Rhode Island Police Chiefs’ Association Urges Safe and Sober Driving, Proper Seat Belt Use This Thanksgiving Holiday Weekend

SMITHFIELD — The Rhode Island Police Chiefs’ Association would like to remind the community of important safe driving tips ahead of the Thanksgiving holiday weekend. 

RIPCA and law enforcement representatives joined the Rhode Island Interscholastic League (RIIL), Rhode Island Department of Transportation (RIDOT), and representatives from Bryant University Tuesday morning in Smithfield to place a special emphasis on observing the rules of the road and driving safely. Officials offered guidance on safe and responsible driving during the event to help prevent crashes this weekend.

“Law enforcement officers in every community in Rhode Island work each day to keep people safe on the roads,” RIPCA Executive Director Sid Wordell said at Tuesday’s event. “Together through building awareness, educating the public on prevention and safety, and enforcing the laws, we hope to reduce the number of crashes on our roads. However, we can’t do it alone. Everyone plays a part in preventing the needless loss of life, and we hope everyone will take the necessary steps to travel safely this weekend.”

Click It or Ticket Mobilization

Departments across the state are taking part in the National Click It or Ticket High Visibility Enforcement Campaign over the Thanksgiving holiday. As part of the campaign, which began Nov. 21 and runs through Nov. 27, police agencies are working together to reduce the number of fatalities that occur when drivers and passengers fail to buckle up by stepping up their enforcement efforts for motorists who aren’t wearing their seat belts.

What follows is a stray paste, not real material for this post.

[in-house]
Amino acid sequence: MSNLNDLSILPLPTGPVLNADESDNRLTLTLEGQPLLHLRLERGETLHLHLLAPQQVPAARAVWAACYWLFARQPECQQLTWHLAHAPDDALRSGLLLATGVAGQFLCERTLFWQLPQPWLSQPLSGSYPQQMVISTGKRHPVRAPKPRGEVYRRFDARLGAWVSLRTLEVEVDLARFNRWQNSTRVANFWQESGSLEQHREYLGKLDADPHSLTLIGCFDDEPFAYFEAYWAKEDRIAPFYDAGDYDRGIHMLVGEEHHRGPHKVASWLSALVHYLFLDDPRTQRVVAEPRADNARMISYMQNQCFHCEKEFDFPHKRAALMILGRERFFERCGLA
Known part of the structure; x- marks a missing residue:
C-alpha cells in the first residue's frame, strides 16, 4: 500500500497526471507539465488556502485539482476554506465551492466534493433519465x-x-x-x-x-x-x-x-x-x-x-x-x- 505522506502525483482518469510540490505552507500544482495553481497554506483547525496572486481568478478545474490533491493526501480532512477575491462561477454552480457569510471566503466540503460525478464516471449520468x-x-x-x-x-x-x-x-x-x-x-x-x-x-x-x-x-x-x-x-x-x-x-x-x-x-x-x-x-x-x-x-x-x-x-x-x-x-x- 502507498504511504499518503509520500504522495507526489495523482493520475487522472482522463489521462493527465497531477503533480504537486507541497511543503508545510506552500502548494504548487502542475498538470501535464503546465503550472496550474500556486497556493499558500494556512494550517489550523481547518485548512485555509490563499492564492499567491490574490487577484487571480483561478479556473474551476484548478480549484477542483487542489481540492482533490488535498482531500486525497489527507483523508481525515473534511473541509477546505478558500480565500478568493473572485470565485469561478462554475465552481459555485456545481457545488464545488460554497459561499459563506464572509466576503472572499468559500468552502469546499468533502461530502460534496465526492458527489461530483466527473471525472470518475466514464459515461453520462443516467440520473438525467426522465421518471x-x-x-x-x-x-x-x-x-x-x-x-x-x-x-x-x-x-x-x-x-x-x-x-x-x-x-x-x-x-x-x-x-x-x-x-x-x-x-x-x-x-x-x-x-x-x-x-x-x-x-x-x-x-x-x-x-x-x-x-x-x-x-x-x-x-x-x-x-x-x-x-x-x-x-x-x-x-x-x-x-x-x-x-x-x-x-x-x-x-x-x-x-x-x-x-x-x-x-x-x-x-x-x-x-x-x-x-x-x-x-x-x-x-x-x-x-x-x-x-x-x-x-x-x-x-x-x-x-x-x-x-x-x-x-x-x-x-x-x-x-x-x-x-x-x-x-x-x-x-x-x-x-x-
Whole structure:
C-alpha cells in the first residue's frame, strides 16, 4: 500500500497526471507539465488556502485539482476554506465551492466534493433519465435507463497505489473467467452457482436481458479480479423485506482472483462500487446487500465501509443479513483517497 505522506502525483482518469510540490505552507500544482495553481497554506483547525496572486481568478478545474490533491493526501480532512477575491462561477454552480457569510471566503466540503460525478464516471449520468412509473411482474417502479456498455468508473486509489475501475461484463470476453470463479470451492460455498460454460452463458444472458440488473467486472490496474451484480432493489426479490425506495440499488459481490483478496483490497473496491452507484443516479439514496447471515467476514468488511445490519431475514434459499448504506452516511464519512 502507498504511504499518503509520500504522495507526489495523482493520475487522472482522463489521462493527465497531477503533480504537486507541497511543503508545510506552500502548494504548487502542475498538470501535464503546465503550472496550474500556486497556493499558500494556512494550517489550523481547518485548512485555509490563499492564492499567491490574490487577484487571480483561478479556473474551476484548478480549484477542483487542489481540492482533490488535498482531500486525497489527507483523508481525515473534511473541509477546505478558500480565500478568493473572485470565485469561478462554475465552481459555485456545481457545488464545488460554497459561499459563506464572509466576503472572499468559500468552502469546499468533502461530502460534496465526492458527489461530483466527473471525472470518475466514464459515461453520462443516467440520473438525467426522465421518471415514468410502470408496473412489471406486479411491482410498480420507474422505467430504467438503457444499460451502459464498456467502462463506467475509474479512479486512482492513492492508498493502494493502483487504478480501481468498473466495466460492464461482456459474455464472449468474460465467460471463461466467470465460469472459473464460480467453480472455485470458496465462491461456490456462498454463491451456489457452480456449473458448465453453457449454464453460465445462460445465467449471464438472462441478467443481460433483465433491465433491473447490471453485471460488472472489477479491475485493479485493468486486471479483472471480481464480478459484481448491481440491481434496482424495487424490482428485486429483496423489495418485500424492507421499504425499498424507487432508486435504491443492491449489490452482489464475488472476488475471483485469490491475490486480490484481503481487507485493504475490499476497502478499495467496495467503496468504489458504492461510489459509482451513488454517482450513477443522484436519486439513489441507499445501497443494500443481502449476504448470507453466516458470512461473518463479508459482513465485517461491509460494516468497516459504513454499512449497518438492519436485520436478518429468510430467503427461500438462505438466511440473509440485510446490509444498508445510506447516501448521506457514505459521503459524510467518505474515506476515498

In Rhode Island, the law requires all vehicle occupants to wear their seat belt, and violations result in a $40 fine.

According to the National Highway Traffic Safety Administration (NHTSA), in 2020, between the evening of Nov. 25 to the morning of Nov. 30, there were 333 passenger vehicle occupants killed in crashes across the country — 52% were unrestrained. 

The Rhode Island Police Chiefs’ Association is partnering with the NHTSA and Rhode Island’s Office on Highway Safety to remind drivers to “Buckle Up. Every Trip. Every Time.”

  • In 2020, there were 23,824 occupants of passenger vehicles killed in traffic crashes in the U.S. Fifty percent of all front-seat passenger vehicle occupants killed in crashes in 2020 were unrestrained, and 59% of those killed in back seats were unrestrained.
  • No matter the time of day, driving without a seat belt is deadly. During the 2020 Thanksgiving weekend, 51% of passenger vehicle occupants killed in crashes at night were unbuckled, compared to 55% during the day.
  • Among young adults age 18-34 killed while riding in passenger vehicles in 2020, more than half (60%) were completely unrestrained — one of the highest percentages for all age groups.
  • Males make up the majority of those killed in motor vehicle traffic crashes. In 2020, 67% of the 23,824 passenger vehicle occupants who were killed were male. Males also wear their seat belts at a lower rate than females — 55% of males killed in crashes were unrestrained, compared to 43% of females killed in crashes.
  • If you’re ejected from a vehicle in a crash, odds are that you will not survive. In 2020, 82% of the passenger vehicle occupants totally ejected from vehicles in crashes were killed. Wearing your seat belt is the most effective way to prevent ejection. In 2020, only 1% of passenger vehicle occupants wearing seat belts were ejected in fatal crashes, compared to 26% of those who were unrestrained.
  • In the last decade, seat belts saved the lives of more than 100,000 people in the United States.

Additional Reminders for Safe Driving

Drive Sober

According to the NHTSA, during the Thanksgiving holiday weekend from 2016-2020, over 800 people died in crashes involving a drunk driver